Digital North Carolina Blog

Digital North Carolina Blog

This blog is maintained by the staff of the North Carolina Digital Heritage Center and features highlights from the collections at DigitalNC, an online library of primary sources from institutions across North Carolina.

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Viewing entries by Kristen Merryman

Oral histories and other audio-visual materials now online from Methodist University

42 audio recordings, including 35 oral histories, and 1 silent video showing Methodist University (then College) in the late 1970s or early 1980s are now online.  Thanks to our colleagues in the Southern Folklife Collection, these audiovisual materials were digitized utilizing funding from the Andrew W. Mellon Foundation.

three adults sitting at a table

Video still from a silent video taken on Methodist University’s campus in the late 1970s or early 1980s

The oral histories including the batch are with various faculty and other staff who worked in the early days of Methodist University’s history.  There are also 9 other audio recordings that include building dedications as well as fun items such as promotions that ran on the radio for theater productions at the school and a feature called Methodist College Report.  

To learn more about our partner Methodist University, visit their site here.  To learn more about our partnership with the Southern Folklife Collection, read this post.  And to view and hear more audiovisual materials on DigitalNC, visit our North Carolina Sights and Sounds collection.

Oral histories from Mount Airy and Surry County now online

21 new oral histories detailing the lives of those who lived in Mount Airy and Surry County are now online thanks to our partners Mount Airy Museum of Regional History and Surry Community College.  The digitization of the oral histories from Mount Airy Museum was done by our colleagues in the Southern Folklife Collection and the work was funded by the Andrew W. Mellon Foundation.  

screenshot of a piece of yellow paper with the interview transcript

First page of the transcript from the Margaret Leonard, Evelyn Coalson, and Esther Dawson interview. The women are sisters and were interviewed in 1997.

The participants were primarily interviewed in the 1990s about their lives in the Mount Airy and Surry County region dating from around 1910 until 1970s.  The Spanish Flu pandemic, World War I, World War II, race relations, the Civil Rights movement, and the Great Depression are all topics covered in these oral histories, which feature men and women and Black and white people.  

While these oral histories were digitized last fall and winter, with the COVID-19 situation this spring, they provided a very useful option for enhancement while our staff worked from home.  We have been able to add transcripts for each of the oral histories that didn’t have them, as well as enhanced metadata, making them even more accessible than before for our users.

To learn more about our partners on this, visit their websites at Surry Community College and Mount Airy Museum of Regional History.  To learn more about our partnership with the Southern Folklife Collection, visit our post here.  And to view and listen to more oral histories on DigitalNC, visit our North Carolina Oral Histories exhibit.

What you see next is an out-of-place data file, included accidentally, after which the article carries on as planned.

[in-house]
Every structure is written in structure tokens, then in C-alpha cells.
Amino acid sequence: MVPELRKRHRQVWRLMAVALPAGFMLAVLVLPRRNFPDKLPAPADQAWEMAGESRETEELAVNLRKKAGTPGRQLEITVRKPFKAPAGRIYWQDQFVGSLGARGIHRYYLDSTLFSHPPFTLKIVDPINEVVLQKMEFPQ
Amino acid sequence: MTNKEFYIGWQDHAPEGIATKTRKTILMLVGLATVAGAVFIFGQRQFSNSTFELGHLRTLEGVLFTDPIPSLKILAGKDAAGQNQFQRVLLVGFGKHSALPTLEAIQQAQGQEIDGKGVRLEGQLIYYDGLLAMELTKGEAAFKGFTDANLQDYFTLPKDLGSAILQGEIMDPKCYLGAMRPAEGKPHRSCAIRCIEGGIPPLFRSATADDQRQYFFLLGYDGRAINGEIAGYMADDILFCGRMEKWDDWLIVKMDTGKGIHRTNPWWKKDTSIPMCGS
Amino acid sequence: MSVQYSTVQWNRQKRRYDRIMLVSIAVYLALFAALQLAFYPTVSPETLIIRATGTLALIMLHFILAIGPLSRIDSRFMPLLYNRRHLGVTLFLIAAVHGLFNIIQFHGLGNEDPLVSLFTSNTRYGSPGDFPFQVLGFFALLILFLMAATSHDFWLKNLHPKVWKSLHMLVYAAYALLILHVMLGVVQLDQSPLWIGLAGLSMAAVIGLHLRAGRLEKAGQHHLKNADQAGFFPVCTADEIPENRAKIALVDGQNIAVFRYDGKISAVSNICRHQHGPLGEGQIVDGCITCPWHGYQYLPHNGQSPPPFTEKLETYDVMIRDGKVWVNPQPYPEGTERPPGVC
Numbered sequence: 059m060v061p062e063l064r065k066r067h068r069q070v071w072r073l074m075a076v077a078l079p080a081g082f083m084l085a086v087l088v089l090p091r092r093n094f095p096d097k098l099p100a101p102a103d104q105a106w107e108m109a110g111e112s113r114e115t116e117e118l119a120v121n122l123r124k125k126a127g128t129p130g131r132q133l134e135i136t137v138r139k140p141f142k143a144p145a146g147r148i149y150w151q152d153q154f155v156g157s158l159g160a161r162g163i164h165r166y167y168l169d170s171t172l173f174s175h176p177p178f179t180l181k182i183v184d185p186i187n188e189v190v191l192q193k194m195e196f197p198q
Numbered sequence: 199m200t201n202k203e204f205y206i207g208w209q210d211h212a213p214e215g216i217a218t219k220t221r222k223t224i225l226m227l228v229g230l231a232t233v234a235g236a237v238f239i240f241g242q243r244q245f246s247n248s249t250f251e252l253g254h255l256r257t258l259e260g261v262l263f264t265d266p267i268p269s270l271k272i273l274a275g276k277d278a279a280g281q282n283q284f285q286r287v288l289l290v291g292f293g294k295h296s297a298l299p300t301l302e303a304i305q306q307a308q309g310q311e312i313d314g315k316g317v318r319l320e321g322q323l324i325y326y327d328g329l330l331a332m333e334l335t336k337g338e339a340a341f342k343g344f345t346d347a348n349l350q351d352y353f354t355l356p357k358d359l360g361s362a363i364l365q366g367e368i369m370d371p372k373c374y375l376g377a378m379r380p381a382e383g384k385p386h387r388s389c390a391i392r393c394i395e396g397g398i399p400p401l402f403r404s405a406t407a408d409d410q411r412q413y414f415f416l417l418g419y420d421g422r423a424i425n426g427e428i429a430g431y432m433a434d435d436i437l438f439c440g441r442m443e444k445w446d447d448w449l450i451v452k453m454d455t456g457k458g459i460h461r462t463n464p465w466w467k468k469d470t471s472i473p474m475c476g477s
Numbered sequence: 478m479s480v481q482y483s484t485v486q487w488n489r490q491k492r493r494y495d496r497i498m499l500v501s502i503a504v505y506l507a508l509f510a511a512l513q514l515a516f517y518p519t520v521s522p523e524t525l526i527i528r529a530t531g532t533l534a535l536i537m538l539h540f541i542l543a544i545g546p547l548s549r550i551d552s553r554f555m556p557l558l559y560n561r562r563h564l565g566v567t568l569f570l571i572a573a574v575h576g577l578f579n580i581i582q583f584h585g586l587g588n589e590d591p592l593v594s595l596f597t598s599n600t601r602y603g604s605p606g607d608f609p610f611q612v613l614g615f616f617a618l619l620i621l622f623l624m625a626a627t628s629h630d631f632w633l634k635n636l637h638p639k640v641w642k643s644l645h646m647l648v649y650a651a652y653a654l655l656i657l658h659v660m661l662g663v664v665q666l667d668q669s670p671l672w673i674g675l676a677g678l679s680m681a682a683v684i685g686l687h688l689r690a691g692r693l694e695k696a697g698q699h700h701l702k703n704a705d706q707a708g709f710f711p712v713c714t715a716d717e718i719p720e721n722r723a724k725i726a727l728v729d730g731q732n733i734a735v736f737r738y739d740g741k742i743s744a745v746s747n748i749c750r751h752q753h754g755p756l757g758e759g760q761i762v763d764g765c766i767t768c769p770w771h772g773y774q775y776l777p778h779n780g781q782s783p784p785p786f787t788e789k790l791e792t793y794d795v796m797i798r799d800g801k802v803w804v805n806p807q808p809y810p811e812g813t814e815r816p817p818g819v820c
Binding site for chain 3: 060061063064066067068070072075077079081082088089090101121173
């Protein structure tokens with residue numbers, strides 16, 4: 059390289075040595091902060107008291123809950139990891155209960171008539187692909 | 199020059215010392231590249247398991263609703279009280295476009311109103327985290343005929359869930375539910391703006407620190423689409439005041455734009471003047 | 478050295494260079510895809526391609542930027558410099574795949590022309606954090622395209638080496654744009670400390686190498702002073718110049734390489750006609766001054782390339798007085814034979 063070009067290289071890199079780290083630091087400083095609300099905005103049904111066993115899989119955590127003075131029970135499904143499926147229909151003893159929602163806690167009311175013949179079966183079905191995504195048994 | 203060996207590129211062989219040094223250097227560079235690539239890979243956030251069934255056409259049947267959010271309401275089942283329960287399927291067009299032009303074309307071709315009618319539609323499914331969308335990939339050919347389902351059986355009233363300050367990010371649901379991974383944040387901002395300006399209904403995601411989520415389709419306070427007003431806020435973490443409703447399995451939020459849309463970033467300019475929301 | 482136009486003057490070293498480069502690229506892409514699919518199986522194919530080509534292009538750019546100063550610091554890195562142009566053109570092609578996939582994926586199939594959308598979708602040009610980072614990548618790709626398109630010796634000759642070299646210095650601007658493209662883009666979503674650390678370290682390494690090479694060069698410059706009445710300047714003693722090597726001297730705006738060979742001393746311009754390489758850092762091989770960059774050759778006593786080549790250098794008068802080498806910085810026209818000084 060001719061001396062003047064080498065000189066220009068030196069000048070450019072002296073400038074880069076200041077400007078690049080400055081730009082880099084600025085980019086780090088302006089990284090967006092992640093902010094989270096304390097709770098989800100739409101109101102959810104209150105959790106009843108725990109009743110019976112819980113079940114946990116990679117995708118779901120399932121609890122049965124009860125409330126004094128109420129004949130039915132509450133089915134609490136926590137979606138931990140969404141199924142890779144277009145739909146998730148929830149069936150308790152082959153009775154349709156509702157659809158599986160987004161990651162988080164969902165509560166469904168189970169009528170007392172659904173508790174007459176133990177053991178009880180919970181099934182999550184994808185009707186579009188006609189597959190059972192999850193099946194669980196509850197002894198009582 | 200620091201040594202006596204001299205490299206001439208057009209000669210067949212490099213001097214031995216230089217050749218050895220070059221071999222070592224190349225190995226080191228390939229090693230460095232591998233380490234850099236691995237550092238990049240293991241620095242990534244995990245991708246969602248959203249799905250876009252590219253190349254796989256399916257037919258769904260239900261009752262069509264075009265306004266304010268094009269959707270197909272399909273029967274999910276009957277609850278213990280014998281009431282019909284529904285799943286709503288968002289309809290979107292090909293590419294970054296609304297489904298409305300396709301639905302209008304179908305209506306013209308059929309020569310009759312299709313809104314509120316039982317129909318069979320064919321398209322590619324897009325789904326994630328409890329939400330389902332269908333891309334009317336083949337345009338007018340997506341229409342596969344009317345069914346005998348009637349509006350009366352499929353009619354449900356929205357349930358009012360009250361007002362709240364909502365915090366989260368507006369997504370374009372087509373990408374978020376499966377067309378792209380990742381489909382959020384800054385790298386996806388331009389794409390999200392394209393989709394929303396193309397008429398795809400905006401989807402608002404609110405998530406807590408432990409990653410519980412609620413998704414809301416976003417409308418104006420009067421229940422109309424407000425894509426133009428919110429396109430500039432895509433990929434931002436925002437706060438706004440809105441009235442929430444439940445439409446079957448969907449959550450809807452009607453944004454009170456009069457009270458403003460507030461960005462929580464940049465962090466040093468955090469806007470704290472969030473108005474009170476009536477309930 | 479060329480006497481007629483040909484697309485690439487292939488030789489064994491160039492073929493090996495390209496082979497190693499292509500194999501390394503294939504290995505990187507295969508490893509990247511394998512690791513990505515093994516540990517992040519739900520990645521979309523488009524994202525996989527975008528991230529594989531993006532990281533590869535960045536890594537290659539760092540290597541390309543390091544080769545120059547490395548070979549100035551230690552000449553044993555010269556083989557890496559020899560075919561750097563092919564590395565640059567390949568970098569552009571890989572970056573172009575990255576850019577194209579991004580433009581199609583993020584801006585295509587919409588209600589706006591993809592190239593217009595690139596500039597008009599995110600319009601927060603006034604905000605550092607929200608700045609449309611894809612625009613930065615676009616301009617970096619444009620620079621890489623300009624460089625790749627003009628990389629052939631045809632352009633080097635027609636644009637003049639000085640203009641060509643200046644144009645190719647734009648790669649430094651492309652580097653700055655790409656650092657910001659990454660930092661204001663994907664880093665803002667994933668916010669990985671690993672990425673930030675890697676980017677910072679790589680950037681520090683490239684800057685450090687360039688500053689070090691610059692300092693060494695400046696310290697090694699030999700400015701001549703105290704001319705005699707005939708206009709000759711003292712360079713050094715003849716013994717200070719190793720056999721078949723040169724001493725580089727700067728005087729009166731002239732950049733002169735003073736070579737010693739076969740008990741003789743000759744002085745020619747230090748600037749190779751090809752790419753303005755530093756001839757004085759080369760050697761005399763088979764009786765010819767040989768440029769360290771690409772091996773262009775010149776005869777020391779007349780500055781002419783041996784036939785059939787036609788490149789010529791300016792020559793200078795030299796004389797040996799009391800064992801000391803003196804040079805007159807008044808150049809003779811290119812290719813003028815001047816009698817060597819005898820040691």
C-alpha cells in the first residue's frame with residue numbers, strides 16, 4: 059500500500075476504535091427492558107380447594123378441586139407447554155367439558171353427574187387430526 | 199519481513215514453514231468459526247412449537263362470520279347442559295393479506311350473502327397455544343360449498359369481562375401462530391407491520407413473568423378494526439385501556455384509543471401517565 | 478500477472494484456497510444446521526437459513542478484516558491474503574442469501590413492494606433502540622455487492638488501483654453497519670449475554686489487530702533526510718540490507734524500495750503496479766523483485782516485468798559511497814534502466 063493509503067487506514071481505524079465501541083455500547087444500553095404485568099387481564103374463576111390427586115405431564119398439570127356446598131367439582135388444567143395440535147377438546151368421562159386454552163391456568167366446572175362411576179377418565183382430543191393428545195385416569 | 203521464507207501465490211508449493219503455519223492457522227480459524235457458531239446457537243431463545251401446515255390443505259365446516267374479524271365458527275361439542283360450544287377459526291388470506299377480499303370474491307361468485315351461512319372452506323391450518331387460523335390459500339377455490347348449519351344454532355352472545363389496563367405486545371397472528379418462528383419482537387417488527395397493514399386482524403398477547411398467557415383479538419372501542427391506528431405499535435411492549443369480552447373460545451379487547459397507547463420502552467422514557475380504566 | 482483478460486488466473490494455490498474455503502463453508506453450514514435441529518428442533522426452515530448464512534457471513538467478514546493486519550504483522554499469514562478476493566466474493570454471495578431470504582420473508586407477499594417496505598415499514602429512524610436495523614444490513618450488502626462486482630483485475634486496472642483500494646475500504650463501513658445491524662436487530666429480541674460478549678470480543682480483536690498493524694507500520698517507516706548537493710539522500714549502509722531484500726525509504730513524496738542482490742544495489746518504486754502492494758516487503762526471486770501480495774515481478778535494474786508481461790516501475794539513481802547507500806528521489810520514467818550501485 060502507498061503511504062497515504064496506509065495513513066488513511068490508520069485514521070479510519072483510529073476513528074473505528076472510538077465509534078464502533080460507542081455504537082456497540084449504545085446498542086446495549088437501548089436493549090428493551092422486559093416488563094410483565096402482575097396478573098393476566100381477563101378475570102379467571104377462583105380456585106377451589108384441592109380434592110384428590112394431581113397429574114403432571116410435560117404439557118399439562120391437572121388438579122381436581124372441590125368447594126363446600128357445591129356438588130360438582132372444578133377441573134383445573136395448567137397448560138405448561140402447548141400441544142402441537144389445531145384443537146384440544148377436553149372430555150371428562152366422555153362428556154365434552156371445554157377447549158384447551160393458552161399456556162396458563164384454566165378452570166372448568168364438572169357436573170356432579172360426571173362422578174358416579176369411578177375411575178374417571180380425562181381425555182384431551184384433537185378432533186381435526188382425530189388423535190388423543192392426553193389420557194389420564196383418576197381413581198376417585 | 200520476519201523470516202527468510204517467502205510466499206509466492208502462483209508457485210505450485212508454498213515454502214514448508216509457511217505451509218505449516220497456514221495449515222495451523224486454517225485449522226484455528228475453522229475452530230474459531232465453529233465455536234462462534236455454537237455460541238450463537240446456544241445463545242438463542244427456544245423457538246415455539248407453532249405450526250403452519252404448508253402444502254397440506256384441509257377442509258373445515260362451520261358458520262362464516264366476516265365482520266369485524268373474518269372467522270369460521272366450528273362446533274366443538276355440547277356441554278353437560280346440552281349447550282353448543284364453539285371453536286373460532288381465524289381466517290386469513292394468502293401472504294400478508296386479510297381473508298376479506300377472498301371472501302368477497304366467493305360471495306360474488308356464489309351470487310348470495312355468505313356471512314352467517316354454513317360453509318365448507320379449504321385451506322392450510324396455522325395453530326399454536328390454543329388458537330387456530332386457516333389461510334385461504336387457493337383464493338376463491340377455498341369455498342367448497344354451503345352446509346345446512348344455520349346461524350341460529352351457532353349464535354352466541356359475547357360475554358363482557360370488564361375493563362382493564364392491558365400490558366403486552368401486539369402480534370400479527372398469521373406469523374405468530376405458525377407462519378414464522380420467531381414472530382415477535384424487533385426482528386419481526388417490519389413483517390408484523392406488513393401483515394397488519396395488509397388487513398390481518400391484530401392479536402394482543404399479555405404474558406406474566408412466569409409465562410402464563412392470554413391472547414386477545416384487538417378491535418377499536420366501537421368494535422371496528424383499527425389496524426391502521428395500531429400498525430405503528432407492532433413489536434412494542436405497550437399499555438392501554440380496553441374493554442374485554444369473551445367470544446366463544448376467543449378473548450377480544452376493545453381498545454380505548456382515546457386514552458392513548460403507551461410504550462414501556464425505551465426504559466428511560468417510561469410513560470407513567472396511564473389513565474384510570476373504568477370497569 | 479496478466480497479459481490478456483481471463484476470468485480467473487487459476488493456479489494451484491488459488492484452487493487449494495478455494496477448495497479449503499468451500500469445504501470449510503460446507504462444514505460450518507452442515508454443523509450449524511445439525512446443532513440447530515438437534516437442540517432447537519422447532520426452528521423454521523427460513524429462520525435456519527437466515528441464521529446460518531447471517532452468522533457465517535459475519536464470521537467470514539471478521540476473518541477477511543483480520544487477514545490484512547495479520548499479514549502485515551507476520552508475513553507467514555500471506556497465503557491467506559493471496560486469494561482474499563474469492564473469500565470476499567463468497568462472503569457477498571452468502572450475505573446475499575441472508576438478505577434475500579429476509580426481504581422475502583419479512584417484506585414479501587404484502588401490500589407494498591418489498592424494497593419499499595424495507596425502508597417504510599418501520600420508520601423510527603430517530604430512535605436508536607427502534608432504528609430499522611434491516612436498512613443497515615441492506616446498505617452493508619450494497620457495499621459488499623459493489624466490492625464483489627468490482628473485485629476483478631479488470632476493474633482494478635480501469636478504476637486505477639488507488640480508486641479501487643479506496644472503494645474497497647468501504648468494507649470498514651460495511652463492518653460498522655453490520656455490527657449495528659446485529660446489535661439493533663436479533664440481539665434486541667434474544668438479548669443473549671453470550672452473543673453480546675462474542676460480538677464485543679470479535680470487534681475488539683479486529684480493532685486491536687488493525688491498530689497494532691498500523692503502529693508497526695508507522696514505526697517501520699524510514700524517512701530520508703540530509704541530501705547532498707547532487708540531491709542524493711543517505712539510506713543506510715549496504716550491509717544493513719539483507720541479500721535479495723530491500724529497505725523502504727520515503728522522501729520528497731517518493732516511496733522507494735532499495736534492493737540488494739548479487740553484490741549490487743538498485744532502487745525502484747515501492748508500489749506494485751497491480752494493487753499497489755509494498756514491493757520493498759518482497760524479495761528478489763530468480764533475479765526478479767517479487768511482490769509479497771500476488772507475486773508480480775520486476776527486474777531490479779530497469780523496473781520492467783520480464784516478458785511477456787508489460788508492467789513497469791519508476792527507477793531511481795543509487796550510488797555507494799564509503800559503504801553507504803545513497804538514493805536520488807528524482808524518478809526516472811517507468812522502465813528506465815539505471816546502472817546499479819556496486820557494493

DigitalNC on the web: Black Wide-Awake

We love being sent or just stumbling upon, projects on the web that utilize materials digitized through the North Carolina Digital Heritage Center.  We thought since they have done such a great job highlighting us, it’d only be fair to turn around and highlight a few we’ve found recently.

Today’s featured website is “Black Wide-Awake” which highlights “documents of historical and genealogical interest to researchers of Wilson County, North Carolina’s African American past.”

The site, written by Lisa Henderson and with posts dating back to 2015, utilizes a wide variety of digitized historical resources to document everything from African-American schools in the Wilson area, wills, correspondence, and newspaper articles related to the enslaved people in Wilson County, to official records including marriage, birth, and death records from the black community.

Some of the DigitalNC resources that are featured on Black Wide-Awake include many of the photographs and other materials from the Oliver Nestus Freeman Round House Museum’s collection.

Shoe shine kit

Shoe shine kit from the Oliver Nestus Freeman collection, featured in this post on Black Wide Awake.

Wilson City Directories

black and white photograph of two adults picking cotton in a field

Photograph from the 1947-1948 Wilson City Directory, featured in this post on Black Wide Awake.

Yearbooks from Darden High School, made possible by our partner Wilson County Public Library

senior page from a yearbook

Senior page from the 1948 Charles H. Darden High School yearbook, the first yearbook from the school, featured in this post on the website.

Many newspaper article clippings from DigitalNC are also included.  A post discussing the white supremacist views held and pushed by editor of the Wilson Advance, Josephus Daniels, is a recent post that connects directly to the current commentary going on regarding Black Lives Matter and reassessing how we look at our history.